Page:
Eye changes are common in perimenopause and menopause. Estrogen and progesterone fluctuate and ultimately decline. By menopause, levels of these hormones are low. These hormonal changes affect the cornea, which then affects the ability to focus up close. They also impact the eyes’ oil glands. Without as much natural lubrication created from tear film, the eyes feel dry. Dryness can be uncomfortable and leave long-time contact lens wearers suddenly reaching for glasses.
Many cases of mild dry eyes in perimenopause and beyond are treated with preservative-free artificial tears, or lubricating eye drops. Sometimes, in more severe cases, medications like Restasis are needed or even punctal plugs. Women with autoimmune conditions are most likely to need anti-inflammatory prescription drops. They are also more likely to develop dry eye.
Women on estrogen-only hormone replacement therapy may have a greater risk of dry eye compared to women not on HRT or on combination therapy.
Diabetes and PCOS
In diabetes, chronically elevated blood sugar can impact sight in a few ways. It can lead to changes in each of the cornea’s five layers. It can cause swelling of the lens inside the eye and can also damage the retina’s tiny blood vessels. When this happens, it’s called diabetic retinopathy. Diabetic retinopathy has four stages. Symptoms of later stages include vision changes, floaters, dark spots, retinal detachment, bleeding inside the eye, and even blindness.
Diabetes can also cause macular edema. The macula is part of the retina that provides our clearest vision. When fluid builds up around the macula, vision is affected.
Insulin resistance is a root hormonal imbalance behind PCOS. The hormone insulin is secreted from the pancreas. Insulin allows us to process and use sugar for energy. When not enough insulin is produced, or you can’t access the insulin you create, blood sugar levels remain unusually high (and can result in diabetes). High blood sugar can create swelling in the lens of the eye. (The lens is located behind your iris.) Swelling in the lens leads to fluctuating blurry vision.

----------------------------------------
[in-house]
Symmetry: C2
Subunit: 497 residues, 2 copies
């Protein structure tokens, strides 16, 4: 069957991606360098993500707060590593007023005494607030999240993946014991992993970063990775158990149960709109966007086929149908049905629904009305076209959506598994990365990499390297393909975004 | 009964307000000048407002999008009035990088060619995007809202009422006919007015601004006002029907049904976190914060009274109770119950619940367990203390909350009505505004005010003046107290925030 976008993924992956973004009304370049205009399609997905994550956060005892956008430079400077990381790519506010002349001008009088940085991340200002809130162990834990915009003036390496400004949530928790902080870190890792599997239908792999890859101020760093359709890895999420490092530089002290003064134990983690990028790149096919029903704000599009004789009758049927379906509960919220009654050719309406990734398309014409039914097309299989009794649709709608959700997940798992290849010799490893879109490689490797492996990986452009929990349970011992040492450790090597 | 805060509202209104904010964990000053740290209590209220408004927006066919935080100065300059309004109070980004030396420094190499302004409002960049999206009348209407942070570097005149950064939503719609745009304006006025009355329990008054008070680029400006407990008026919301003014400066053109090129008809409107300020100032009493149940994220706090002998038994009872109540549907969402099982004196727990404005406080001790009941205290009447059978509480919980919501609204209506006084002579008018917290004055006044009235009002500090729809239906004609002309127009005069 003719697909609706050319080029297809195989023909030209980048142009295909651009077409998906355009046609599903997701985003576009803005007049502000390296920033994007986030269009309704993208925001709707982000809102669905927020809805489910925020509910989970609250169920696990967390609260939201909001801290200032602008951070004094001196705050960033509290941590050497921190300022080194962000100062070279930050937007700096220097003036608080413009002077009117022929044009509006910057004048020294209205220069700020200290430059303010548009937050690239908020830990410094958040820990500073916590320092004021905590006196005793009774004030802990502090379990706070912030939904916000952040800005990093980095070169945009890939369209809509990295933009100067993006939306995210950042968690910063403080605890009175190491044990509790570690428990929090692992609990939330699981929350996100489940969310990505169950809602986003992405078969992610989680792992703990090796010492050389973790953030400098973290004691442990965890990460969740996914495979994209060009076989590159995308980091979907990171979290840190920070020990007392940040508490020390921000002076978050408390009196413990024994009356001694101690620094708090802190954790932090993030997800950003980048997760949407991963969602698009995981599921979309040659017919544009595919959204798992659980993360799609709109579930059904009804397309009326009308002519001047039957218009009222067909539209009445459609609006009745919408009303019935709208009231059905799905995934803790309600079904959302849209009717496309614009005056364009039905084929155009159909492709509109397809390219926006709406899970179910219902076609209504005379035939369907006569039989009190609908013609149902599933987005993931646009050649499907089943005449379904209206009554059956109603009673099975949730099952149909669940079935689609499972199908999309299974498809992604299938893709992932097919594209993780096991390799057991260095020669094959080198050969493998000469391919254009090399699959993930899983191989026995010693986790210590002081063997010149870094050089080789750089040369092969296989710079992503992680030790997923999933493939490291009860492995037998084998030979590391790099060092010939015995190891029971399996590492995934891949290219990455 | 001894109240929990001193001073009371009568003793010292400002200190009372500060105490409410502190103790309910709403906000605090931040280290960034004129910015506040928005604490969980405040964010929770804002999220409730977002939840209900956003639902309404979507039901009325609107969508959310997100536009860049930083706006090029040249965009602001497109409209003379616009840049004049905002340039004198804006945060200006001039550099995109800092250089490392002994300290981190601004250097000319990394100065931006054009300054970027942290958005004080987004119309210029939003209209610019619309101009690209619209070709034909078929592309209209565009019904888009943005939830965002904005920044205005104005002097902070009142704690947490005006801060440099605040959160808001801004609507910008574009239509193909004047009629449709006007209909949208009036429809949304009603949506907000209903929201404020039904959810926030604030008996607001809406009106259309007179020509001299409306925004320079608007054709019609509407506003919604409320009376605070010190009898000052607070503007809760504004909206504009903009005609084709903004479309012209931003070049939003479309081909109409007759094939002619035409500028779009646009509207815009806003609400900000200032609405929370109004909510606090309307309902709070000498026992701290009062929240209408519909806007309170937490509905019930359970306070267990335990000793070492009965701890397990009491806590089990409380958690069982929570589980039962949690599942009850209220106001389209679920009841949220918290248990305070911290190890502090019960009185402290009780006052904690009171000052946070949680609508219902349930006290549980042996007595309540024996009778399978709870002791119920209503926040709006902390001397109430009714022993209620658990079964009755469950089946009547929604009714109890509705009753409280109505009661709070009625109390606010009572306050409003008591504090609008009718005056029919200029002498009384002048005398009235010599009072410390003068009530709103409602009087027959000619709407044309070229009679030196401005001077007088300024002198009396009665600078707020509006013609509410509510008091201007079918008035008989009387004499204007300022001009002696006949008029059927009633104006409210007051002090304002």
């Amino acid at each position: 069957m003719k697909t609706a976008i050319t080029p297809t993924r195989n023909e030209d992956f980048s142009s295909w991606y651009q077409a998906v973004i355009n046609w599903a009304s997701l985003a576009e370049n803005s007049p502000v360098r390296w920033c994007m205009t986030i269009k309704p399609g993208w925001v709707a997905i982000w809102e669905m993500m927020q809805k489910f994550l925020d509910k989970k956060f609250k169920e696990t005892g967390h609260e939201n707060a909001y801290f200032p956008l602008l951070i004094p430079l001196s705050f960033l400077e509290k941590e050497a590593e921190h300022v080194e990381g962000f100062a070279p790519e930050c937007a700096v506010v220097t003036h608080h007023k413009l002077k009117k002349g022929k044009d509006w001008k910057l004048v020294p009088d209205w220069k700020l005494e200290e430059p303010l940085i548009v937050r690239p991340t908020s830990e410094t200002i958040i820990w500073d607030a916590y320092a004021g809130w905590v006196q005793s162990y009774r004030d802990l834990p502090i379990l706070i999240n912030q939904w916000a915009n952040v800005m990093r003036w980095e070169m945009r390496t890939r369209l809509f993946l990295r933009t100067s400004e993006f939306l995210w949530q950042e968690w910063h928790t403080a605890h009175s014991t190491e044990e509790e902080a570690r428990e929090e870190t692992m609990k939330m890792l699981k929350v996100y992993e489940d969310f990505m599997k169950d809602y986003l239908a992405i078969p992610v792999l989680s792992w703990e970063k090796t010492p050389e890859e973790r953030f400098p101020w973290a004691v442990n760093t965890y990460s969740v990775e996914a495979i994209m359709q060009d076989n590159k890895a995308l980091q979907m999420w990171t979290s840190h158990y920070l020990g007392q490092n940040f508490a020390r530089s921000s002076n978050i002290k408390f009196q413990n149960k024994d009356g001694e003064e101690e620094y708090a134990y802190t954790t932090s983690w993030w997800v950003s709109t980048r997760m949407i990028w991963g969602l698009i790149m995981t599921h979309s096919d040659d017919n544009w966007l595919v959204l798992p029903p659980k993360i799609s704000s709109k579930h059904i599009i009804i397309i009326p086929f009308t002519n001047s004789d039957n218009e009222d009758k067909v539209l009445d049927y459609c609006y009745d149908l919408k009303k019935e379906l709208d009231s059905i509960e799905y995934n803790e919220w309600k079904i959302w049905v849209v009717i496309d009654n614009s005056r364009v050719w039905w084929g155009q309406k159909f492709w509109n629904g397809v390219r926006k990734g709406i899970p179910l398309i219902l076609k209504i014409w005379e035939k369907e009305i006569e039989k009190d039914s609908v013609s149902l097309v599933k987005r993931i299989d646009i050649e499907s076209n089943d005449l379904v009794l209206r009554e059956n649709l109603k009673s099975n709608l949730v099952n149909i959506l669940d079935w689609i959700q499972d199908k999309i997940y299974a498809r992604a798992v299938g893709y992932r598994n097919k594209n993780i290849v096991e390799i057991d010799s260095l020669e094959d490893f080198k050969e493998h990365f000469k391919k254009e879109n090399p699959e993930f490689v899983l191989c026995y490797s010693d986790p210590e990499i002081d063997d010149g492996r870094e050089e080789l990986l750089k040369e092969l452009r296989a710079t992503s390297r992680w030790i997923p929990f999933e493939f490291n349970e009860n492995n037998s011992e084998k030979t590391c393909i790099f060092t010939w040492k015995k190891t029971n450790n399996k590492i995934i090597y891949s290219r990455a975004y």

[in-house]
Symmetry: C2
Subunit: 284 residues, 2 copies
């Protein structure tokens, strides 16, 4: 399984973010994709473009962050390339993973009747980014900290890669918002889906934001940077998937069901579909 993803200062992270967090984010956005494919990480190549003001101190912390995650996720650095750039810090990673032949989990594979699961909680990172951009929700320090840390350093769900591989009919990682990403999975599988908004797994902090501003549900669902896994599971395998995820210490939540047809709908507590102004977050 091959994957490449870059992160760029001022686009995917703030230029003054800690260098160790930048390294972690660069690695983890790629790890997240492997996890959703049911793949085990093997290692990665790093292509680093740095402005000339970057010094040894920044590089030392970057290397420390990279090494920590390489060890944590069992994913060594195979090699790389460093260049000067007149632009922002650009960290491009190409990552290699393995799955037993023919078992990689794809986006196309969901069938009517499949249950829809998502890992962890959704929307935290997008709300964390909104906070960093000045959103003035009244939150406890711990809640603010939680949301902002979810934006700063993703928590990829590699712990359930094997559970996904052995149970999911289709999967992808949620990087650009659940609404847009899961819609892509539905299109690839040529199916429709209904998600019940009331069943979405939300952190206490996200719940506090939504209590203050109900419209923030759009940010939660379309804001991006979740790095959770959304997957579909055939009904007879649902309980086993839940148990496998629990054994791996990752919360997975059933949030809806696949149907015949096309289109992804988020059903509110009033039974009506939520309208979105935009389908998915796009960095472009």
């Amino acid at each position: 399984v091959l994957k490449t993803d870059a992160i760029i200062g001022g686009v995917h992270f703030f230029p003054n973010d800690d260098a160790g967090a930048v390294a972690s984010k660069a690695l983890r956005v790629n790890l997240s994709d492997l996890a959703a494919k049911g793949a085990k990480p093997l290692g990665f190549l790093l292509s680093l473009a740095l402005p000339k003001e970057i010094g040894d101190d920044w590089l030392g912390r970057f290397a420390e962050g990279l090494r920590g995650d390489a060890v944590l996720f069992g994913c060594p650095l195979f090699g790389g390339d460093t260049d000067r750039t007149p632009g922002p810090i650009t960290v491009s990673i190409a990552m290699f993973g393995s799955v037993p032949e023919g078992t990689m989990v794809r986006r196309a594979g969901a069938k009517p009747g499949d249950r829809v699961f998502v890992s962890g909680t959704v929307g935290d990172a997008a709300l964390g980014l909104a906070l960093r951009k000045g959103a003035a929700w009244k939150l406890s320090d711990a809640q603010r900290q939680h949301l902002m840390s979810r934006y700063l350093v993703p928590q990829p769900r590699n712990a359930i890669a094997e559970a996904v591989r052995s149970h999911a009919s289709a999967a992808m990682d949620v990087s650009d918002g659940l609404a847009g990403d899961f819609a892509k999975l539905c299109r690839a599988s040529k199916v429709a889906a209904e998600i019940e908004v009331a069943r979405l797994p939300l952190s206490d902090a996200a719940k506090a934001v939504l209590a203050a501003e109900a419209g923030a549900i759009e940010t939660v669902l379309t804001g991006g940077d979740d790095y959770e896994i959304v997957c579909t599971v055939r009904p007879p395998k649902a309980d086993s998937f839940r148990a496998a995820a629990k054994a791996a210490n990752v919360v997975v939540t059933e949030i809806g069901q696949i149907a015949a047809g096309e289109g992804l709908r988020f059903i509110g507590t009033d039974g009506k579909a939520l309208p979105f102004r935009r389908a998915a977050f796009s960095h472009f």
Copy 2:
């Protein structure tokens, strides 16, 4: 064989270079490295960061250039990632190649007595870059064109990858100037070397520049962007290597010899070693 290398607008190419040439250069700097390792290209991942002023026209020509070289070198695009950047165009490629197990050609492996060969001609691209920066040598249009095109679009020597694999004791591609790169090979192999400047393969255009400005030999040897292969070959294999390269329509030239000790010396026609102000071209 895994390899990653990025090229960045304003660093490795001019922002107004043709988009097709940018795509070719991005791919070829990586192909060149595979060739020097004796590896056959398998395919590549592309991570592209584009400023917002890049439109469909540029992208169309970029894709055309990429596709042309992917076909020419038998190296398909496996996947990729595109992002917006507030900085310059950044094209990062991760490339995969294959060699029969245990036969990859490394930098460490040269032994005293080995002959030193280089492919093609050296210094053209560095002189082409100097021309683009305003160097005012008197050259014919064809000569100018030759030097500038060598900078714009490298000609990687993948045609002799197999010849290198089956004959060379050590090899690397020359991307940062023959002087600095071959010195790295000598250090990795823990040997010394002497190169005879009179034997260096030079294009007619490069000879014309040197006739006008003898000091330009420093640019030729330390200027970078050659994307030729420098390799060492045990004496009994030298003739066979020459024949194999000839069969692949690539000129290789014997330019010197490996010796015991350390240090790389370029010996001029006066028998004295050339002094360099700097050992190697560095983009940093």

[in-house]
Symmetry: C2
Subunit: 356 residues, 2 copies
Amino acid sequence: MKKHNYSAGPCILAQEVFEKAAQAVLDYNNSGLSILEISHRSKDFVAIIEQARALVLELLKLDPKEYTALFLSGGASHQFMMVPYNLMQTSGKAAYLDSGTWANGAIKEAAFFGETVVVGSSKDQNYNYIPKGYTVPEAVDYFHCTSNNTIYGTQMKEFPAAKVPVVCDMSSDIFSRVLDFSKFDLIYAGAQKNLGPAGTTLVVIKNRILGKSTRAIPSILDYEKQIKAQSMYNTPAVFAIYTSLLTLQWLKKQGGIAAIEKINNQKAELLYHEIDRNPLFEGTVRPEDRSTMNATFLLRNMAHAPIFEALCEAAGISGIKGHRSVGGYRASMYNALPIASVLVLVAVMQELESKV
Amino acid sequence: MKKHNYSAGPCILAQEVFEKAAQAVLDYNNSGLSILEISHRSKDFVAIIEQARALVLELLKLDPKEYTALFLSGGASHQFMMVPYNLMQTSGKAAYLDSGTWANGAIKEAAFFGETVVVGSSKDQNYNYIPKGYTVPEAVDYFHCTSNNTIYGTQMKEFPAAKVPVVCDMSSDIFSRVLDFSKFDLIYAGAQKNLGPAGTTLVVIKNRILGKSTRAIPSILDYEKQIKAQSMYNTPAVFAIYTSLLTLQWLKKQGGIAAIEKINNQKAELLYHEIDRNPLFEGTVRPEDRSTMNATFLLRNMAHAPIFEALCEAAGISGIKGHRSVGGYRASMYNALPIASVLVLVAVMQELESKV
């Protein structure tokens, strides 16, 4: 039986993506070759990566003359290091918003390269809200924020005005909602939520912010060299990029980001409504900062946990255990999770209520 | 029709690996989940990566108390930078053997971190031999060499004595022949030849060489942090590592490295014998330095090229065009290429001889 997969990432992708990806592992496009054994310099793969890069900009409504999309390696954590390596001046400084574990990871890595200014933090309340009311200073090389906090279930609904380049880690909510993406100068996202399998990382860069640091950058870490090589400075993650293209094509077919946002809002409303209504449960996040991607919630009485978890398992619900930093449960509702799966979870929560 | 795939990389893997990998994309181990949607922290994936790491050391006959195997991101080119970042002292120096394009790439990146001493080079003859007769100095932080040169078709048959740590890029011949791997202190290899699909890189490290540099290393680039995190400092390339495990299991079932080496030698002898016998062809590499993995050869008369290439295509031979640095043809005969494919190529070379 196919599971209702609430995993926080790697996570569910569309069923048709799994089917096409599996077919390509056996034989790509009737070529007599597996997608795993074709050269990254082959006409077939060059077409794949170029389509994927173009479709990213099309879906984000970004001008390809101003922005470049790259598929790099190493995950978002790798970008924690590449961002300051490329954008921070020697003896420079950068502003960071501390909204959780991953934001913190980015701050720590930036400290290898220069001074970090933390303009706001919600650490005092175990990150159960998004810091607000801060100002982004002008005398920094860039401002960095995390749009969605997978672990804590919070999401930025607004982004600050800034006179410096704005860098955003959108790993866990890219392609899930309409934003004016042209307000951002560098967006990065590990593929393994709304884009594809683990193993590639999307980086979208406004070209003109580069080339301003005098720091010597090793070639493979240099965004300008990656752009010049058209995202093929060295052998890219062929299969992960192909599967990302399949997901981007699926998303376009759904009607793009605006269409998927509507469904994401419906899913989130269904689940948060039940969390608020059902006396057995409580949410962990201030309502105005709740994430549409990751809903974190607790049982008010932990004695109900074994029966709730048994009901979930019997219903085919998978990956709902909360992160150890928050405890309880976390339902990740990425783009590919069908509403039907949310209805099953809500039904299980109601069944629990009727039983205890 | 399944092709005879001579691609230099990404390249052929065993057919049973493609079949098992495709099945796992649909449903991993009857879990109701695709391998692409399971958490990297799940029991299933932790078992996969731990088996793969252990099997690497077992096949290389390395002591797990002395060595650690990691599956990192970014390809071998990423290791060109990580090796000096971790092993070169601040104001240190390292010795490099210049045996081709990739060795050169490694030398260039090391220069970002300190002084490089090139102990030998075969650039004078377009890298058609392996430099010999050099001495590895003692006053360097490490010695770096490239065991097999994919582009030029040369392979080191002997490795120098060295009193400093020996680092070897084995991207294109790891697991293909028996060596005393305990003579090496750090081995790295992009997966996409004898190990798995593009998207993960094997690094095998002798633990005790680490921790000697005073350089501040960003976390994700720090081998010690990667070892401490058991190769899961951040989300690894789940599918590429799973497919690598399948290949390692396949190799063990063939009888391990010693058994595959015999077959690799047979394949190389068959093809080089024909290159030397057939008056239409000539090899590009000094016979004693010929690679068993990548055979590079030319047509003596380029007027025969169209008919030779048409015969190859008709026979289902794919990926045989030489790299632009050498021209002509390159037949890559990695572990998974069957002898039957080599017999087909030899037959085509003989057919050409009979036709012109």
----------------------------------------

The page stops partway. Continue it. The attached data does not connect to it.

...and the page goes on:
Insulin resistance in PCOS raises insulin-like growth factor, or IGF-1 levels. Higher IGF-1 levels have the ability to change the eye structure, altering central corneal thickness. Increased central corneal thickness can lead to artificial elevation of the intraocular pressure when measured and cause mistaken diagnosis and treatment of ocular hypertension or open-angle glaucoma.
Reasons to check in with an ophthalmologist
Ophthalmologists are medical doctors or doctors of osteopathy. After medical school, another four years of extended training in surgery and diseases of the eye is required to practice in the specialty. While optometrists specialize in routine eye care, ophthalmologists are uniquely positioned to help with eye pain, physical changes to the eyes, perform surgery, and diagnose and treat any vision-related hormone issues and more.
The American Academy of Ophthalmology recommends a comprehensive eye examination (including dilation) every 2 years for those age 40–54, every 1–3 years for those 55–64, and every 1–2 years over the age of 65. If you have a personal or family history of eye disease, annual eye examinations are recommended as early diagnosis often means prolonged vision.
- An ophthalmologist talks hormones + vision changes - February 24, 2020